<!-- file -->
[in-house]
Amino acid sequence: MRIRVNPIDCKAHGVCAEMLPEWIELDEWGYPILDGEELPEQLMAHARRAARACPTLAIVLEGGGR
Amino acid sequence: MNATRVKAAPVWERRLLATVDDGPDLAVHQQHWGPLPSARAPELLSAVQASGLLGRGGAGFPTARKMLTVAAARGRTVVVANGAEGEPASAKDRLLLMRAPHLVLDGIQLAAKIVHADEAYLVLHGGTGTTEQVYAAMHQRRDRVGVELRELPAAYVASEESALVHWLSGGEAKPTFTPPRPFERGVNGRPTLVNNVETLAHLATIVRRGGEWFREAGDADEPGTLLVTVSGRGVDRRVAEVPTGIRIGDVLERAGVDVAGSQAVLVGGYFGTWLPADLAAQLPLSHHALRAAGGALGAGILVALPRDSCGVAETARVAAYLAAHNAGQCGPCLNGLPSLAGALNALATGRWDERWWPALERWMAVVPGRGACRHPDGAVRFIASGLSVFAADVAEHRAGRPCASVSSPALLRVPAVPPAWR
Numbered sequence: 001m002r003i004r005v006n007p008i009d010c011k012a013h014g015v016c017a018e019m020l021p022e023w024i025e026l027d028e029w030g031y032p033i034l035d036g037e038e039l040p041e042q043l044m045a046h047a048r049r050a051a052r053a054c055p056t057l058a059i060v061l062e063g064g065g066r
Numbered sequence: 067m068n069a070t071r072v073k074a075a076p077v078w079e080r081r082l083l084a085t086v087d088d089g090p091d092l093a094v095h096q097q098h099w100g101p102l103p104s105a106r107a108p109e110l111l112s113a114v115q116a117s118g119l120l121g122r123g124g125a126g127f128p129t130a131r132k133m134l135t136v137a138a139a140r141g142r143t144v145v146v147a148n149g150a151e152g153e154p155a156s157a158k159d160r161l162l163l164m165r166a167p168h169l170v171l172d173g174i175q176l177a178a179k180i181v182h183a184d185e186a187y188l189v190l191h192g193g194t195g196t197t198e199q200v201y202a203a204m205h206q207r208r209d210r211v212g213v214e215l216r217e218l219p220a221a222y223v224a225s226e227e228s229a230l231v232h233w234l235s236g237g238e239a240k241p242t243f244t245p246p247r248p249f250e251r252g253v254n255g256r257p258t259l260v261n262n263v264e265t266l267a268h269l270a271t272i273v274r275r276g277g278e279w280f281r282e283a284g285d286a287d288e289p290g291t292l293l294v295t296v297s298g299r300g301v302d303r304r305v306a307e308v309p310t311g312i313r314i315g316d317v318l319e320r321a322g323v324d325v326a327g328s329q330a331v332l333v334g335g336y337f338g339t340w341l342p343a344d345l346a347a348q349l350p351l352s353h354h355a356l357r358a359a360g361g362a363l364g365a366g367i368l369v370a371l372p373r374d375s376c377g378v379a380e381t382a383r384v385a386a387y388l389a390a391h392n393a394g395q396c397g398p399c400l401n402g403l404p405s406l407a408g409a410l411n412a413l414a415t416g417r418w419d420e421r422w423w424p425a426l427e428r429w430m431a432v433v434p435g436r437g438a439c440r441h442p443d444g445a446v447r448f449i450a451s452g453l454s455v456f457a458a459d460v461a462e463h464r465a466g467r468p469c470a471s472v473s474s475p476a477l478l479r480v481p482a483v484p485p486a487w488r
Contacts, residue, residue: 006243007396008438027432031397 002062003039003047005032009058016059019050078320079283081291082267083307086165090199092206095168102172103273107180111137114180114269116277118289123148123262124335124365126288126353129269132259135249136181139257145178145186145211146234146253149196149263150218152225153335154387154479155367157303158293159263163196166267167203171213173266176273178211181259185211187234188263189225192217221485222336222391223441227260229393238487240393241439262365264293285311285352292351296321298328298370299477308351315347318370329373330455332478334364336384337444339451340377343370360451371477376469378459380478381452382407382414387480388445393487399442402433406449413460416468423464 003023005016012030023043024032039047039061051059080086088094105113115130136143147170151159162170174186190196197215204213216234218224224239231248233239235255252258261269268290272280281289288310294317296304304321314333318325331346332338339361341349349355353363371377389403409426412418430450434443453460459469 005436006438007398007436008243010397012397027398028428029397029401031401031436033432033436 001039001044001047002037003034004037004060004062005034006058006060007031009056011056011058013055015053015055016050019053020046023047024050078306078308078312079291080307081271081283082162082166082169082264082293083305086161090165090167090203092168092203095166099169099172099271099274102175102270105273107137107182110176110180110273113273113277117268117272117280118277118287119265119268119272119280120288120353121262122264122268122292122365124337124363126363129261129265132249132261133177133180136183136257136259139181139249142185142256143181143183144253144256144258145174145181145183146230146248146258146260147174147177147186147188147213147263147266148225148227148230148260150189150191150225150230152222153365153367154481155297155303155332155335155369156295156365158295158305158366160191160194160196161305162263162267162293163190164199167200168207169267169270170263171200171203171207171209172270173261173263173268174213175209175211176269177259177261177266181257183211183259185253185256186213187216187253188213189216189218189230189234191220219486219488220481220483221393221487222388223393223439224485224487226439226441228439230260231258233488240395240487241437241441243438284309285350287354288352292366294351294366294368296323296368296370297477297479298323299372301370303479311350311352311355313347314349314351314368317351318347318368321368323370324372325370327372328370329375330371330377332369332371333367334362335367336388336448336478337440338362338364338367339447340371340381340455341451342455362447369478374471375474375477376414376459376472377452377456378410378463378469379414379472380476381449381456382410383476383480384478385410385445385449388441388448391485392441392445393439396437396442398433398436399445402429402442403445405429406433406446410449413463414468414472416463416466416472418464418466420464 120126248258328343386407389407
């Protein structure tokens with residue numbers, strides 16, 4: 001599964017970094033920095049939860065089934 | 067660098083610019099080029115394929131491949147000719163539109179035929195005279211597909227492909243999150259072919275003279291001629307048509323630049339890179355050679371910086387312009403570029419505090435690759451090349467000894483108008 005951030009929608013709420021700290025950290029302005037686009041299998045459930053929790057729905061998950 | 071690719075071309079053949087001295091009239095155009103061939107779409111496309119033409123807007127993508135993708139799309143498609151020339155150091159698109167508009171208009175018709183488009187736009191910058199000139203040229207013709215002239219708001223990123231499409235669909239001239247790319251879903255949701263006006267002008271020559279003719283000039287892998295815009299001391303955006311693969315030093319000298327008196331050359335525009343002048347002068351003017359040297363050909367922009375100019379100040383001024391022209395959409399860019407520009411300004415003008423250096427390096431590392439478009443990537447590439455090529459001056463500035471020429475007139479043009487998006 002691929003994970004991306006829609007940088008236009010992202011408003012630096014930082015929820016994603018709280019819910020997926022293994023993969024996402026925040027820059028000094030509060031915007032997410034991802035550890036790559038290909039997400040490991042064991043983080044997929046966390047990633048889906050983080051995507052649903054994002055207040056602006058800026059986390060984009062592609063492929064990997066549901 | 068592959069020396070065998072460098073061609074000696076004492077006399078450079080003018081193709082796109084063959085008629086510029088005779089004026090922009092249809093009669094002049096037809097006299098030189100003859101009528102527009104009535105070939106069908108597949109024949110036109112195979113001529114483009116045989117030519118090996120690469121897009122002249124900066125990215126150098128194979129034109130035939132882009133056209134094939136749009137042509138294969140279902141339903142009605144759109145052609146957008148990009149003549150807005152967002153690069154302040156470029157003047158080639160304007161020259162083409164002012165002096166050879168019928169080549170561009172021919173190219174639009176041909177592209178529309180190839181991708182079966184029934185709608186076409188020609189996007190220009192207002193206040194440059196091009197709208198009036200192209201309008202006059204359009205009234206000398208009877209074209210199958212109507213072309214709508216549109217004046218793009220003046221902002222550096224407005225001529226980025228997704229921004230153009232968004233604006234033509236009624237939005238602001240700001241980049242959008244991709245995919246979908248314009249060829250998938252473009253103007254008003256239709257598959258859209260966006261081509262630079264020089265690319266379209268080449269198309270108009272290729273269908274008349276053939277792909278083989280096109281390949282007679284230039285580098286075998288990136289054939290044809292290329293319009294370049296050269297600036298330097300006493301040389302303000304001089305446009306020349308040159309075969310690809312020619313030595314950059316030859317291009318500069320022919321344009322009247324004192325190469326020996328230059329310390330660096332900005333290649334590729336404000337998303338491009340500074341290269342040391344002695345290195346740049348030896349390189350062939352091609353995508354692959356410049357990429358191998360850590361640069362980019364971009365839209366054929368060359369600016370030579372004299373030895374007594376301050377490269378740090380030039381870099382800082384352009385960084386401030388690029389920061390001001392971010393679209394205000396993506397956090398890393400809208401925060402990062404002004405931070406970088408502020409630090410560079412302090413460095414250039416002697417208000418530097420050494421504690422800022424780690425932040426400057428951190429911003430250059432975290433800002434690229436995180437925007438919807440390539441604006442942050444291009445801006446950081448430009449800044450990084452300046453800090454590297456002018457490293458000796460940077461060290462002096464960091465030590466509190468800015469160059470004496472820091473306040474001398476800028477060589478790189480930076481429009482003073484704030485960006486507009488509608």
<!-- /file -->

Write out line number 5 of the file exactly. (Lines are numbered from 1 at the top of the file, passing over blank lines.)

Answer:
Numbered sequence: 067m068n069a070t071r072v073k074a075a076p077v078w079e080r081r082l083l084a085t086v087d088d089g090p091d092l093a094v095h096q097q098h099w100g101p102l103p104s105a106r107a108p109e110l111l112s113a114v115q116a117s118g119l120l121g122r123g124g125a126g127f128p129t130a131r132k133m134l135t136v137a138a139a140r141g142r143t144v145v146v147a148n149g150a151e152g153e154p155a156s157a158k159d160r161l162l163l164m165r166a167p168h169l170v171l172d173g174i175q176l177a178a179k180i181v182h183a184d185e186a187y188l189v190l191h192g193g194t195g196t197t198e199q200v201y202a203a204m205h206q207r208r209d210r211v212g213v214e215l216r217e218l219p220a221a222y223v224a225s226e227e228s229a230l231v232h233w234l235s236g237g238e239a240k241p242t243f244t245p246p247r248p249f250e251r252g253v254n255g256r257p258t259l260v261n262n263v264e265t266l267a268h269l270a271t272i273v274r275r276g277g278e279w280f281r282e283a284g285d286a287d288e289p290g291t292l293l294v295t296v297s298g299r300g301v302d303r304r305v306a307e308v309p310t311g312i313r314i315g316d317v318l319e320r321a322g323v324d325v326a327g328s329q330a331v332l333v334g335g336y337f338g339t340w341l342p343a344d345l346a347a348q349l350p351l352s353h354h355a356l357r358a359a360g361g362a363l364g365a366g367i368l369v370a371l372p373r374d375s376c377g378v379a380e381t382a383r384v385a386a387y388l389a390a391h392n393a394g395q396c397g398p399c400l401n402g403l404p405s406l407a408g409a410l411n412a413l414a415t416g417r418w419d420e421r422w423w424p425a426l427e428r429w430m431a432v433v434p435g436r437g438a439c440r441h442p443d444g445a446v447r448f449i450a451s452g453l454s455v456f457a458a459d460v461a462e463h464r465a466g467r468p469c470a471s472v473s474s475p476a477l478l479r480v481p482a483v484p485p486a487w488r